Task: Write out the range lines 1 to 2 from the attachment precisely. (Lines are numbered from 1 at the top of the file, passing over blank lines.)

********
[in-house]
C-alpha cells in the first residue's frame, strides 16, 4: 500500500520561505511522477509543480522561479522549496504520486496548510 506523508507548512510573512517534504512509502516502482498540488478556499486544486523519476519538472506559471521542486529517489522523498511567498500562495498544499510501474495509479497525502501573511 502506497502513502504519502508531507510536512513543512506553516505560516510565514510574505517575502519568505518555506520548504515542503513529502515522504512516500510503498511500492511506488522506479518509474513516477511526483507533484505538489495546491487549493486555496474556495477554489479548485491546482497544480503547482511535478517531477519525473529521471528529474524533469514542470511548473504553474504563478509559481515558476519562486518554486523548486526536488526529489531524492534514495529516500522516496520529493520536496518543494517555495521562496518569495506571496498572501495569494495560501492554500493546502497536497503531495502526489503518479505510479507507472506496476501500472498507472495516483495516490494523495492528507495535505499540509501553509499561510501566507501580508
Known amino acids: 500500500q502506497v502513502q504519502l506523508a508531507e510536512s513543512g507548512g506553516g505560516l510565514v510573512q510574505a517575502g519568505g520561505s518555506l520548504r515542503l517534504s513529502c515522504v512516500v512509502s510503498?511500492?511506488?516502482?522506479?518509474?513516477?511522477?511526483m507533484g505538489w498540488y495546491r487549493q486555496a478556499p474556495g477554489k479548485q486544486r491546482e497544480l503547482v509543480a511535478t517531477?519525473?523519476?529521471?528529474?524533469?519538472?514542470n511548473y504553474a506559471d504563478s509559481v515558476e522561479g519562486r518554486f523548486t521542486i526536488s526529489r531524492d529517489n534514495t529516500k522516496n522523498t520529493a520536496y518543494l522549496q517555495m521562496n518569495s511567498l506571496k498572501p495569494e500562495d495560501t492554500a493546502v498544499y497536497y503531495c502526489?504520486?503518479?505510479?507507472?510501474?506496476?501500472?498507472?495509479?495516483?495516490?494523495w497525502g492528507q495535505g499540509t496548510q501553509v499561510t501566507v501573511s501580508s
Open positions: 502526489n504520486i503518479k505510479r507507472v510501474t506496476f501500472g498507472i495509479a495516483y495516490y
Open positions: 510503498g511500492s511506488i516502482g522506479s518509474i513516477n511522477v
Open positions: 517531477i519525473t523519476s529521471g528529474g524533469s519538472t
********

[in-house]
C-alpha cells in the first residue's frame, strides 16, 4: 500500500520561505511522477509543480522561479522549496504520486496548510 506523508507548512510573512517534504512509502516502482498540488478556499486544486523519476519538472506559471521542486529517489522523498511567498500562495498544499510501474495509479497525502501573511 502506497502513502504519502508531507510536512513543512506553516505560516510565514510574505517575502519568505518555506520548504515542503513529502515522504512516500510503498511500492511506488522506479518509474513516477511526483507533484505538489495546491487549493486555496474556495477554489479548485491546482497544480503547482511535478517531477519525473529521471528529474524533469514542470511548473504553474504563478509559481515558476519562486518554486523548486526536488526529489531524492534514495529516500522516496520529493520536496518543494517555495521562496518569495506571496498572501495569494495560501492554500493546502497536497503531495502526489503518479505510479507507472506496476501500472498507472495516483495516490494523495492528507495535505499540509501553509499561510501566507501580508